What are other people saying about it?

Mighty Bargain Hunter talks about cancelled loans.

Lendingstats give 10 tips to lenders.

My Money Blog analyze the drop in net returns as defaults rise.

Blogging Away Debt interviews pensioner, the Prosper lender with the most money invested.

Lazy Man And Money writes about his experience with Prosper after 16 months.

 

Other options in the marketplace!

EBay purchased MicroPlace and Virgin USA bought CircleLending. Their deep pockets will allow them to compete seriously with the current giant Prosper and UK's Zopa.com as well (planning to enter U.S. market any day now.

Tagged: Investment
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Will Chen's picture

Nice article Lynn.  Surfing those profiles can be very addictive!

I'm a little skeptical about Nurse202's expense profile.  She has 0 phone and household expenses.  It is possible that she is living with relatives or something, but she should mention that in her profile.

Guest's picture
Minimum Wage

Prosper reports defaults to credit reporting agencies. Fair enough. But do they report timely payments to CRAs?

Myscha Theriault's picture

This looks a bit like kiva.org, only with larger amounts of money and not necessarily with such a charity focus.

Could be helpful though, for those wanting better percentage rate returns on their investments. We've been doing hard money lending to colleagues with commercial real estate and securing it against the properties. That's a slightly safer way to hedge your bet and you demand points up front to cover legal costs if you need to foreclose. You usually need a decent sum to start with though, so the service you've written about looks like a way to get in the game with a smaller amount of start up funds.

Guest's picture
Dr. D

I've been a Prosper lender for six months and have diligently read the message boards to weigh others' experiences. Though ideally the return on investment should be high, most lenders are experiencing far less satisfaction.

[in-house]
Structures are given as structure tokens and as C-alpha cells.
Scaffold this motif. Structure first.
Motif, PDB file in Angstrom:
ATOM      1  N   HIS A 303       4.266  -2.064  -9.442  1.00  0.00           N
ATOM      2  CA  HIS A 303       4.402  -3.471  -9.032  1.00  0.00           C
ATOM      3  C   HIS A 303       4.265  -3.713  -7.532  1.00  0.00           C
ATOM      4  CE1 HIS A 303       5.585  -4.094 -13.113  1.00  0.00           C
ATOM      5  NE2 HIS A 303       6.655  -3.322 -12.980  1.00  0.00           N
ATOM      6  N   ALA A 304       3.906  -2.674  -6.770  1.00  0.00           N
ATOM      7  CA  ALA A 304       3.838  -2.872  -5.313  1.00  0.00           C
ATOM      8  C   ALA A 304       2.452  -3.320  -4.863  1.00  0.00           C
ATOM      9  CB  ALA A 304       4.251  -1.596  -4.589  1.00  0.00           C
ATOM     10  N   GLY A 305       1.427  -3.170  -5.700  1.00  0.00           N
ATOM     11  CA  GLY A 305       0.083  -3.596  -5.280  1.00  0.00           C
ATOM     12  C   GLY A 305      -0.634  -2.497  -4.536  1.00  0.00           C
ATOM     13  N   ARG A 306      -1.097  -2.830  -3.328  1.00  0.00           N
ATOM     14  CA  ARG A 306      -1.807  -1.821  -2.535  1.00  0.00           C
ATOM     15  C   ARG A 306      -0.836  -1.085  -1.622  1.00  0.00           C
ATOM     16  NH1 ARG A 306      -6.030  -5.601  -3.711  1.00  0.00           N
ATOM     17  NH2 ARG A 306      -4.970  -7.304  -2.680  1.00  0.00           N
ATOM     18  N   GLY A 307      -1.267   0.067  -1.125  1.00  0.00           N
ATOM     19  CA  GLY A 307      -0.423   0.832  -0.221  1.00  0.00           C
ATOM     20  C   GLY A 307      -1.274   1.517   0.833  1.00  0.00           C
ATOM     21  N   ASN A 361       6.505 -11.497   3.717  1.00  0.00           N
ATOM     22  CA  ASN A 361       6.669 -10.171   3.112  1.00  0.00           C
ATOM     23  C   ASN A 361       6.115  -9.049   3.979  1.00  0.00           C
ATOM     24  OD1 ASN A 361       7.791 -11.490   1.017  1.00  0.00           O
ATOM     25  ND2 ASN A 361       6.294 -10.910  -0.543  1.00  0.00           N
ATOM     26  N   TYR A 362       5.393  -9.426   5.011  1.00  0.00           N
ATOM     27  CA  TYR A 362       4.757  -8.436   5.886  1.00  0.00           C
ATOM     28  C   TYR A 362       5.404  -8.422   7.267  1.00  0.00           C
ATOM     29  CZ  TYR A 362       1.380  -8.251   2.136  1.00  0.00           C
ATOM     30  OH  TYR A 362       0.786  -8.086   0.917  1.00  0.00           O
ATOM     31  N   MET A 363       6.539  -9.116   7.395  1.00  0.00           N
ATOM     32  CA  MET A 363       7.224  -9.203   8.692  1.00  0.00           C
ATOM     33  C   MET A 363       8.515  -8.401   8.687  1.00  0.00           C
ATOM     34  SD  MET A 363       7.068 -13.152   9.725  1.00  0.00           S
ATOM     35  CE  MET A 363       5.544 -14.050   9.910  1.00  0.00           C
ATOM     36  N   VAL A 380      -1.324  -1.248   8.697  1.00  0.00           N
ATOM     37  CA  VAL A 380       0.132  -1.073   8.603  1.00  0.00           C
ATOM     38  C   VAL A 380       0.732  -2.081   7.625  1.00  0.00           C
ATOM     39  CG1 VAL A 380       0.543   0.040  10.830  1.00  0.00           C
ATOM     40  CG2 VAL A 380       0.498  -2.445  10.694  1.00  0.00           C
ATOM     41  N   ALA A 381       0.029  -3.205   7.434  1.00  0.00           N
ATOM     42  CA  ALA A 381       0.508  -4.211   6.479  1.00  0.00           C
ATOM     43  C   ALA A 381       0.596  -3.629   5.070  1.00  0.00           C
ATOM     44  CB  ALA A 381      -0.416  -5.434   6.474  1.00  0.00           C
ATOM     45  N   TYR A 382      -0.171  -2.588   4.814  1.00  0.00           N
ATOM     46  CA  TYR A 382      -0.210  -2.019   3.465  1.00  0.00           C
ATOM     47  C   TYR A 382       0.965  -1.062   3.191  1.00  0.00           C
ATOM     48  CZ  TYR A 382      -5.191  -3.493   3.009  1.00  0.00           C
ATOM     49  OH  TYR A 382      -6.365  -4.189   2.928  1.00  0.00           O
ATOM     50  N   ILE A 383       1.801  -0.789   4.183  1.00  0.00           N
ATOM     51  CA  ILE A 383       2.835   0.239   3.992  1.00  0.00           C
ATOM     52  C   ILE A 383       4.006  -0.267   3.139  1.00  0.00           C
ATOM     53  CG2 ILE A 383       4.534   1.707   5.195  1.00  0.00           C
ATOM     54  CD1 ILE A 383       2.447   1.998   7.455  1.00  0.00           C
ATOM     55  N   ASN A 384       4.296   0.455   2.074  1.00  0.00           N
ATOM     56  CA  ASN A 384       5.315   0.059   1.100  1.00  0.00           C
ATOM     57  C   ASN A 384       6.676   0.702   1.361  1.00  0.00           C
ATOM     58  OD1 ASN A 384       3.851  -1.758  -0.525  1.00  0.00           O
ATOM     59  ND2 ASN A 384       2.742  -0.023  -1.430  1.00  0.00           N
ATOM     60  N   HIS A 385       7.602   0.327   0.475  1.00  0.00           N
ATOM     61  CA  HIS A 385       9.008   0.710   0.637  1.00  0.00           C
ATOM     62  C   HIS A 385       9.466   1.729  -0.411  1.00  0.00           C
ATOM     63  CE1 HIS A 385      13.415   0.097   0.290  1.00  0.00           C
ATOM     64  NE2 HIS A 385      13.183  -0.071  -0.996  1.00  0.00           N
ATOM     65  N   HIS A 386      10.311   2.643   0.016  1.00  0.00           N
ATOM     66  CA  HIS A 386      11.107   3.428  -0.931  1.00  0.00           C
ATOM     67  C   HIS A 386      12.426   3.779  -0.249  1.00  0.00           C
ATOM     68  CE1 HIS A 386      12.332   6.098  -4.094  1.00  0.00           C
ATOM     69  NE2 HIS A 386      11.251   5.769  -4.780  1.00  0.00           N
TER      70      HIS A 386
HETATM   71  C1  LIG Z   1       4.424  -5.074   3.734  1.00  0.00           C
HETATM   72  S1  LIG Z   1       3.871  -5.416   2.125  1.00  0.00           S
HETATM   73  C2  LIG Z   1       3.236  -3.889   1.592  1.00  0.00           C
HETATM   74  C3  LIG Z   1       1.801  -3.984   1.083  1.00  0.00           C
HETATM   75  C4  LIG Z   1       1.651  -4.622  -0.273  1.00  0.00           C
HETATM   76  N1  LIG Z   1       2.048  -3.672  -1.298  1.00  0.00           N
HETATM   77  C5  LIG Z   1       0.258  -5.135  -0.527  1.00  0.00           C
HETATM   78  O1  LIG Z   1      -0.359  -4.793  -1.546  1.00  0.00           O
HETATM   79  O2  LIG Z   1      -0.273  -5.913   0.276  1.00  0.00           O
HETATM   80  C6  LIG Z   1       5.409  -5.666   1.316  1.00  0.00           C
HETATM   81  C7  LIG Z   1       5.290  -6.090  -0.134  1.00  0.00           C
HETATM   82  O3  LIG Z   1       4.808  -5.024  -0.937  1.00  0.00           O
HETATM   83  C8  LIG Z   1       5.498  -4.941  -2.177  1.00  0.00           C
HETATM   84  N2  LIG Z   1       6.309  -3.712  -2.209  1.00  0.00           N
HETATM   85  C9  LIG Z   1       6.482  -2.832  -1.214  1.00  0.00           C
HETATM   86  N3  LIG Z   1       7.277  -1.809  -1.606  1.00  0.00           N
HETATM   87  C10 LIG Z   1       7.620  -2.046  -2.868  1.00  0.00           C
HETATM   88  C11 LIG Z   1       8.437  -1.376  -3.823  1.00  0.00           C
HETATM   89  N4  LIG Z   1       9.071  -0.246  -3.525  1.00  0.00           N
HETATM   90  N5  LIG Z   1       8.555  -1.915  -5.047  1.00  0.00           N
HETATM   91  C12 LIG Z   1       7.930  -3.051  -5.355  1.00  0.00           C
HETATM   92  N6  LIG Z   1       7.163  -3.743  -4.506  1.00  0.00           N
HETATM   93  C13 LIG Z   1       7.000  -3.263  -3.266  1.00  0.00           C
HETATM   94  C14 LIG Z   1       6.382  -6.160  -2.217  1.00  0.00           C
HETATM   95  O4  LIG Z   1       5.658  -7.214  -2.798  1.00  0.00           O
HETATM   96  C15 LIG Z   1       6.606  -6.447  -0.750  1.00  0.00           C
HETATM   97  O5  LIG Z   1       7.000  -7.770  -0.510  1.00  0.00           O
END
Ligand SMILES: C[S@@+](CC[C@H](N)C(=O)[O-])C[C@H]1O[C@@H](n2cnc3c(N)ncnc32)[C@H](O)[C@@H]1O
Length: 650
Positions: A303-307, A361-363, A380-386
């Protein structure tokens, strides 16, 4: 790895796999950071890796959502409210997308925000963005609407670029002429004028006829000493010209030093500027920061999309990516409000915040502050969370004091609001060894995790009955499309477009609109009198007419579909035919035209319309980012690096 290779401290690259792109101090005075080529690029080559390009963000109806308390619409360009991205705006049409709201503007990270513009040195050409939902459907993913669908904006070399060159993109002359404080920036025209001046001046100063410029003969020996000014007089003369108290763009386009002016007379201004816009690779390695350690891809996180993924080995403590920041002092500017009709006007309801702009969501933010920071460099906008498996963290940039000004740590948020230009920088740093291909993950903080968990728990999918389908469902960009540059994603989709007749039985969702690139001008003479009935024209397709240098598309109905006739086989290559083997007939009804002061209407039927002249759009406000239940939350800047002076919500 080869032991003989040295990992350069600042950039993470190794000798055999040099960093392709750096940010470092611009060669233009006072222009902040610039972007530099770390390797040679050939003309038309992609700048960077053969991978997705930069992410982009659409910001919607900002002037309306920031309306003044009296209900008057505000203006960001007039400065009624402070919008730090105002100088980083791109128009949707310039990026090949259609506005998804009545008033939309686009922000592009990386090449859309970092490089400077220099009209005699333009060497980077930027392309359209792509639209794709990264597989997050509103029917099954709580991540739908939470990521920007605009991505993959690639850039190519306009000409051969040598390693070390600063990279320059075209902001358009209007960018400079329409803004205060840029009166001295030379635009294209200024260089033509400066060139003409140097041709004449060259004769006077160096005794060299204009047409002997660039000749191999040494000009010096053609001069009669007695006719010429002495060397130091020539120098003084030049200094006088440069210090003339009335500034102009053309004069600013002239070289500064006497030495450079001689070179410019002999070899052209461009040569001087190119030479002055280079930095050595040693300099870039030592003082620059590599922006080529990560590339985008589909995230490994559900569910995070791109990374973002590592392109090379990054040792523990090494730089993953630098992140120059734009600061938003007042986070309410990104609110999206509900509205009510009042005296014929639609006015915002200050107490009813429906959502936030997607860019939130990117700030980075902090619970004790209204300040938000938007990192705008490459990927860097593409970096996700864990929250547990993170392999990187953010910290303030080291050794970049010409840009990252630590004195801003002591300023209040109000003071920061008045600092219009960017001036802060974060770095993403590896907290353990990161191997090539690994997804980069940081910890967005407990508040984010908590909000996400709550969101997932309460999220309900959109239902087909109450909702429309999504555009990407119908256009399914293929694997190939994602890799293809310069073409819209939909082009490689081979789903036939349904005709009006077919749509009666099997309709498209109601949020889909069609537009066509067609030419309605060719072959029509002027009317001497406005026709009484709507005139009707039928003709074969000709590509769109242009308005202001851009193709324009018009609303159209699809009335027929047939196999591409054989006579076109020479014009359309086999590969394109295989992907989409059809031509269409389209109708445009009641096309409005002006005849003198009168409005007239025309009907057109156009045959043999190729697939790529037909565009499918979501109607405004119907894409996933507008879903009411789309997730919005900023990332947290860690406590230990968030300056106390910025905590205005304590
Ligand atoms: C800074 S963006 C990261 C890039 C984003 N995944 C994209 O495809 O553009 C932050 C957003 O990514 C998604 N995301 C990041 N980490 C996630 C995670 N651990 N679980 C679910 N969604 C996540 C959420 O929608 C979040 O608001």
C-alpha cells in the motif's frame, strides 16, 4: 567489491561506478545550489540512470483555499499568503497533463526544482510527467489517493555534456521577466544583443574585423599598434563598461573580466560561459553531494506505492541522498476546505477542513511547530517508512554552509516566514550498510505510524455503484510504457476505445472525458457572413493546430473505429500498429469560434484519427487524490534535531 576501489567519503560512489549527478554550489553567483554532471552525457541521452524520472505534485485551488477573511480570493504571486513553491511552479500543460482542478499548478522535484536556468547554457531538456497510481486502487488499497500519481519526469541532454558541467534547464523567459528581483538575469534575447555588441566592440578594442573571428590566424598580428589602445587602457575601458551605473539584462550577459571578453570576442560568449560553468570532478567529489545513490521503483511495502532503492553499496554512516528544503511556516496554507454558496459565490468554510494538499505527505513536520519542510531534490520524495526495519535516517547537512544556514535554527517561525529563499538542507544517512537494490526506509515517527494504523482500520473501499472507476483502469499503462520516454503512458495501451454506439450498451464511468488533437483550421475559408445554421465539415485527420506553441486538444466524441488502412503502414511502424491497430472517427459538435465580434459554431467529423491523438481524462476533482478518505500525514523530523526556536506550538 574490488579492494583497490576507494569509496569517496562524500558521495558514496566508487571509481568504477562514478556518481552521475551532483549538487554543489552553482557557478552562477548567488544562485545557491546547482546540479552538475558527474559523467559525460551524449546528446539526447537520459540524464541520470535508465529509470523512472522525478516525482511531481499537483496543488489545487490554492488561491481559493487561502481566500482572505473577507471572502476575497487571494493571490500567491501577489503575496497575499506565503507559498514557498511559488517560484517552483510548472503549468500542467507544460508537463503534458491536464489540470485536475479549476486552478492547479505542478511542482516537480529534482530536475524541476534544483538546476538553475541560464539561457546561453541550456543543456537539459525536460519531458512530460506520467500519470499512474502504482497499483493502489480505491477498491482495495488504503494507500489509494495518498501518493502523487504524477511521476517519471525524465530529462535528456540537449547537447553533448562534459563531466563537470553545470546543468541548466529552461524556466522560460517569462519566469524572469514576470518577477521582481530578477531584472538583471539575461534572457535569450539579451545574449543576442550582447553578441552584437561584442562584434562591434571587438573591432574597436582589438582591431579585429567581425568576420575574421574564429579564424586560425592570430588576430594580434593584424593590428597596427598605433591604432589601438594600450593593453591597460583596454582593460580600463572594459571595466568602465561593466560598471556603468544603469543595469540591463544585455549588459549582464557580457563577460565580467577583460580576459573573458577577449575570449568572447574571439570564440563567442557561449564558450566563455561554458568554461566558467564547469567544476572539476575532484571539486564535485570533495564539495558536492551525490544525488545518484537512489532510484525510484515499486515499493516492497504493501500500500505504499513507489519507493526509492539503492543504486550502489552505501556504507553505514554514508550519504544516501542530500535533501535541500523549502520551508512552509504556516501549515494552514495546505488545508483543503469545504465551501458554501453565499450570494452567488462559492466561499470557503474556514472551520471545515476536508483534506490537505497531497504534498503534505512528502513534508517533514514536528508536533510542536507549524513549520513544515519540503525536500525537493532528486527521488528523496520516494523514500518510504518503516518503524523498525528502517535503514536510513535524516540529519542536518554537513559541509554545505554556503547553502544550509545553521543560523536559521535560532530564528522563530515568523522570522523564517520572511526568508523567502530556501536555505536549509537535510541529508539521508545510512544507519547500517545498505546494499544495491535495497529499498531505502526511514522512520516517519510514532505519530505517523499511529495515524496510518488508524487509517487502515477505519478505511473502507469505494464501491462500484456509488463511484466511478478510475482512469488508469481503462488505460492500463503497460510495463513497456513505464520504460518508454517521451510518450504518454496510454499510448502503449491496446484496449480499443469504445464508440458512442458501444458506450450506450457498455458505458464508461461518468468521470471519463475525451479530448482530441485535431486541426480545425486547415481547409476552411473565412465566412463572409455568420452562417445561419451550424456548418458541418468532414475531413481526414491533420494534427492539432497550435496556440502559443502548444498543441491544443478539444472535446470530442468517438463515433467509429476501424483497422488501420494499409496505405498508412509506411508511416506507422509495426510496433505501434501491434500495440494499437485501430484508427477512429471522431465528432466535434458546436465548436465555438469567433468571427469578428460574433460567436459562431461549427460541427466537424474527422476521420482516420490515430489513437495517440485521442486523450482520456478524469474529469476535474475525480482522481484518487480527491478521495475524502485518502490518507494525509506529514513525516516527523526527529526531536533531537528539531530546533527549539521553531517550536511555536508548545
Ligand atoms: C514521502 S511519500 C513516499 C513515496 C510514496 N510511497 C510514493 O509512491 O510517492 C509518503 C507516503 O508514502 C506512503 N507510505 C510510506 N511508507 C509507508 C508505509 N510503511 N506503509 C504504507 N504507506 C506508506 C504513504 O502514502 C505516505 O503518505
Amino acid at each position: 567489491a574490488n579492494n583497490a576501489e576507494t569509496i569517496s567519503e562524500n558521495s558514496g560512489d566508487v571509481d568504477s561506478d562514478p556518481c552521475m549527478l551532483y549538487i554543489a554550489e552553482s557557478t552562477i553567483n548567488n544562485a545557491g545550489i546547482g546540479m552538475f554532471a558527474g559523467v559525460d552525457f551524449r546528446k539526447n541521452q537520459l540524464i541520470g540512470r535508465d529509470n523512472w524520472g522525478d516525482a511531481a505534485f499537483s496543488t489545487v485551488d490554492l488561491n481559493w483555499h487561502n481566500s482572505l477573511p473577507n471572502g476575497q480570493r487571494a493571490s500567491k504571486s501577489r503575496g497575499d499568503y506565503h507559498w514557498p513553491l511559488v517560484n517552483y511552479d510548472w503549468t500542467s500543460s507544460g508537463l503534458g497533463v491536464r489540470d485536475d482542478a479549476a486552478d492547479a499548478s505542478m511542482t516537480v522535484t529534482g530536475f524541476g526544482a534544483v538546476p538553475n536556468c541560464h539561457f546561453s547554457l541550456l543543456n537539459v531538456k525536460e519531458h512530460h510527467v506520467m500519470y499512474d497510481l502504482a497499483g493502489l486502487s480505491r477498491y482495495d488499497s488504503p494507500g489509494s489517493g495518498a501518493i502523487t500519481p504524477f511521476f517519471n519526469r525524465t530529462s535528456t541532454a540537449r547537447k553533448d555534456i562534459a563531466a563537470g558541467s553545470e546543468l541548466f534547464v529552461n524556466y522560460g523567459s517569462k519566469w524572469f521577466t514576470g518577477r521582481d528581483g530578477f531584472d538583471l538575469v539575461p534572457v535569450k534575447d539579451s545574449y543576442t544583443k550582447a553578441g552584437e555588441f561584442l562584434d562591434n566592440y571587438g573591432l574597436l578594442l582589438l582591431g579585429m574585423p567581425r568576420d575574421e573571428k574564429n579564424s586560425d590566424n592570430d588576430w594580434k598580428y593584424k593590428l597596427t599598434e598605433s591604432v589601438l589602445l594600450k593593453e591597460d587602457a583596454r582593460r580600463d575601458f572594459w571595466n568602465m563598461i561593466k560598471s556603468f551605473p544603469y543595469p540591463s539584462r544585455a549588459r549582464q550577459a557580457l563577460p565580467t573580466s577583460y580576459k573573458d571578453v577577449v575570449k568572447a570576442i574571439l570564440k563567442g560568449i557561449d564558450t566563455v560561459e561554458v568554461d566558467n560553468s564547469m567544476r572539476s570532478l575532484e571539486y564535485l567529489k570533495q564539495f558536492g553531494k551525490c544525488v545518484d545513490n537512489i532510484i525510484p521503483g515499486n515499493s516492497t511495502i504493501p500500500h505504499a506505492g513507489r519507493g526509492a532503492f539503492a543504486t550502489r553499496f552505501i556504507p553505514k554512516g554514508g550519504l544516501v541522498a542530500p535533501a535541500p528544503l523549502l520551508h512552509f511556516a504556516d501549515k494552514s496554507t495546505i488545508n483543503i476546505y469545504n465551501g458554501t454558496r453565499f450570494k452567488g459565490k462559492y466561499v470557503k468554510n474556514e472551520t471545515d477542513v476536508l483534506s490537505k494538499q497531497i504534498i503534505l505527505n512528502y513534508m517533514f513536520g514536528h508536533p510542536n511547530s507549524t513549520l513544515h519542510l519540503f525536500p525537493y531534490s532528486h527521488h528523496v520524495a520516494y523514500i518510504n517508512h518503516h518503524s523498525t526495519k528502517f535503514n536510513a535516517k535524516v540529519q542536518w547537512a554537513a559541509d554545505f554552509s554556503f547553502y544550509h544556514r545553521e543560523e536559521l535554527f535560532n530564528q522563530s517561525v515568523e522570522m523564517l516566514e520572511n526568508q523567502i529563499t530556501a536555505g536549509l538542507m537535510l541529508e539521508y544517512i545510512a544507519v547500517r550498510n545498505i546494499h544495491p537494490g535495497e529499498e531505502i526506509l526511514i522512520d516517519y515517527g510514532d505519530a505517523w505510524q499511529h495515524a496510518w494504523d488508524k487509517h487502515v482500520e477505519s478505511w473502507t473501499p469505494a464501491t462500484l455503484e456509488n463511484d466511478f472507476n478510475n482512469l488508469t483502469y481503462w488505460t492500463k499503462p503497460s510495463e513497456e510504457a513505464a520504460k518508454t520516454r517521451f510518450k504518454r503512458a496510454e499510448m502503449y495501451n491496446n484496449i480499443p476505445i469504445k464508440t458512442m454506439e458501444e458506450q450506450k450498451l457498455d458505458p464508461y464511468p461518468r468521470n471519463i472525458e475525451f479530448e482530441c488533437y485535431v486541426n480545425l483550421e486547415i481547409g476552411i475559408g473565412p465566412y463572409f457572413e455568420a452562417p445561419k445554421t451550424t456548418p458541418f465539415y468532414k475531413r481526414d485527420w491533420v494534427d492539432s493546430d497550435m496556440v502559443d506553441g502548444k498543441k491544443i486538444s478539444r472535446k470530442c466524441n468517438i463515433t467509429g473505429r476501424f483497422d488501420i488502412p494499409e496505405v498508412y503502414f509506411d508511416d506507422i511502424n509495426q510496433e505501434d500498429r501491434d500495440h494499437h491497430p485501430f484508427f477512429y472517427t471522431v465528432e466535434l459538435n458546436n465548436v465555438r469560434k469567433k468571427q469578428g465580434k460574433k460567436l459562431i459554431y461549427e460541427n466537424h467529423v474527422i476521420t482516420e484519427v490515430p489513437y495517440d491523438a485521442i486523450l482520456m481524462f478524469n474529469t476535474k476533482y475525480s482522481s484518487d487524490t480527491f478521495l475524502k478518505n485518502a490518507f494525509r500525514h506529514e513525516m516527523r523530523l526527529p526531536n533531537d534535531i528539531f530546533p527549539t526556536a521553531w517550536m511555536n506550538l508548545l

Borrowers request loans through Prosper because conventional methods are closed to them due to poor credit. And those with great credit are there looking for a bargain -- which is no bargain for you, the lender.

It's better to think of Prosper as a game more than an investment strategy or a path to riches. A game you're willing to lose money on. Even if one of your loans defaults (and they do), your returns will be a poor trade off for the risk.

Though none of my loans are late or have defaulted, I consider myself lucky and will be withdrawing money as it becomes available. Vanguard mutual funds make more sense. There's no real money to be made at Prosper for the lenders.

Guest's picture

I agree with Dr.D. It's VERY hard to make money with prosper. I think the vast majority of lenders don't realize what they're doing. You can check the default rates, and they're surprisingly higher than the experian reported norms, because prosper loans are all unsecured.

http://www.ericscc.com organizes a lot of the loan data that prosper makes publicly available. Want to see something interesting? Do a search there for "diversified lenders by estimated ROI." Search for lenders with a loan count > 20 and an average loan age greater than 365. Sort by Eric's ROI descending (more accurate for prosper loans that experian ROI) and you'll see that only the top 100 lenders are making over 6.5%. Want to see something crazy? Sort by Eric's ROI accending, and cry for all the pour souls who lost big bucks. Unless you're a genius at selecting which loans to fund, you'll probably do better putting your money in a 5% savings account.

Regarding the loans you listed:

Coolmom14 - Not bad, I like loans that go to paying off high interest credit cards and unsecured loans since it will immediately help their financial situation. I worry about the one public record, hope it wasn't a previous bankruptcy.

Craigny - Looks good, I wonder if it'll get funded though at the interest rate he's asking for.

Nurse202 - I immediately skip any loan description that short, since if they can't spend more than 2 minutes describing their situation I don't think they're taking the loan seriously enough. Also 30% of all E grades default. 30%!!!

If you approach prosper as a charity, it'll turn into exactly that and you won't get your money back. You've got to do it from a purely financial perspective, which most people including myself are not very good at.

Guest's picture